The Fight for a Civil Rights Committee

Warning: count(): Parameter must be an array or an object that implements Countable in /home/customer/www/ on line 51
  • Athens Rallies Against Discrimination

    Anger in the community reached its boiling point after discoveries that the confederate-themed bar General Beauregard’s was allegedly serving a ““N*****ita” drink reignited public outcry against other discriminatory business practices. The Mayor and Commission had previously issued a resolution against discrimination and pledged to address the issue after a study released by the UGA Student Government Association documented more than 50 reports of discrimination downtown largely based on dress code.

    Not waiting for the local government to take action, Mokah and Knowa Johnson, already well-known in the community as organizers of the Hip-Hop Awards, approached A4E for help in putting together a rally and march against these discriminatory practices. A4E gladly accepted, and through Mokah and Knowa’s efforts and A4E’s assistance, the march went as planned, with 400 Athenians marching through downtown on MLK Day.

    This march began a year-long initiative for a civil rights committee supported by the local government and for comprehensive civil rights legislation.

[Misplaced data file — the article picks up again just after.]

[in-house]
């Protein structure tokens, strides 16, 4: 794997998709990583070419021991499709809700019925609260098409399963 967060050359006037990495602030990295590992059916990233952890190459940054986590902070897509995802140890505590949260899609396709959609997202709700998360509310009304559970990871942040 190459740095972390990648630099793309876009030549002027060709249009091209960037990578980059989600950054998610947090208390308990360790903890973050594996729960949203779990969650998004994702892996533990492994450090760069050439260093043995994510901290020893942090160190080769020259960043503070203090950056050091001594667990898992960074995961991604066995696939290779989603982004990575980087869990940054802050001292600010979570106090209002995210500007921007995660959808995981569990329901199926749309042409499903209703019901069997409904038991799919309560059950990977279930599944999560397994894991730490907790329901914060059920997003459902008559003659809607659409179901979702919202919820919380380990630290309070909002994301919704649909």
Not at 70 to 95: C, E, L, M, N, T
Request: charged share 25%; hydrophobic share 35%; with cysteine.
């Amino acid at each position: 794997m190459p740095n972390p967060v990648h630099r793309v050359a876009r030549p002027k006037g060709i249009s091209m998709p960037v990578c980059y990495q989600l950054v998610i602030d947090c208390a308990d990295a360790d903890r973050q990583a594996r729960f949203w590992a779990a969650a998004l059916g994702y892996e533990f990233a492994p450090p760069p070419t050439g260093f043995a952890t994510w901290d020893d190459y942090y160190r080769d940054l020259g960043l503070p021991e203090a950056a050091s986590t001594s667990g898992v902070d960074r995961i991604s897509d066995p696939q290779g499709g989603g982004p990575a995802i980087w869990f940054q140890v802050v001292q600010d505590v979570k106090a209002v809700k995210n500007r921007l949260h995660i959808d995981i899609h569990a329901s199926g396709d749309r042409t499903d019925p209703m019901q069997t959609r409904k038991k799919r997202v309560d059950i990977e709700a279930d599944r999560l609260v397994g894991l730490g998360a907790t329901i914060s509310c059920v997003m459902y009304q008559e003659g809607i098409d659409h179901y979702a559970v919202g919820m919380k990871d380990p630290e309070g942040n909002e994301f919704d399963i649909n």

• Stop the Killing March & Vigil

    Hundreds of Athens residents gathered outside city hall on this day to pray for Philando Castile, Alton Sterling, other victims of police violence and the 5 officers killed in Dallas. Speakers at the protest included organizers Mokah-Jasmine & Knowa Johnson, Ishues, Versatyle tha Wildchyld, Alvin Sheats (President of Athens NAACP), and Tahron Watkins.

    As the protest was winding down, a memorial for the victims of police violence was constructed under the Spirit of Athens statue and a moment of silence for the five officers who lost their lives in this chain of events was also observed.

    The group which organized this vigil, led by Mokah and Knowa Johnson, was still a loose coalition including A4E at this time (it was described as a “Black Lives Matter rally” in the Flagpole). Over the coming months, it would solidify as a separate organization and become known as the Athens Anti-Discrimination Movement.

  • March for an Athens Civil Rights Committee

    The Athens Anti-Discrimination Movement marched from the UGA Arch to City Hall where they started singing on the steps outside. We could be heard inside as the monthly Mayor and Commission meeting was taking place. Demonstrators continued inside the building and refused to be quiet until Mayor Denson put the Bar Admittance Ordinance back on the agenda for November.

    Speakers indicated their thanks, but also that this is not enough. They demanded a more inclusive ordinance and also the creation of an Athens Civil Rights Committee.

The Fight Continues

Read more about A4E history.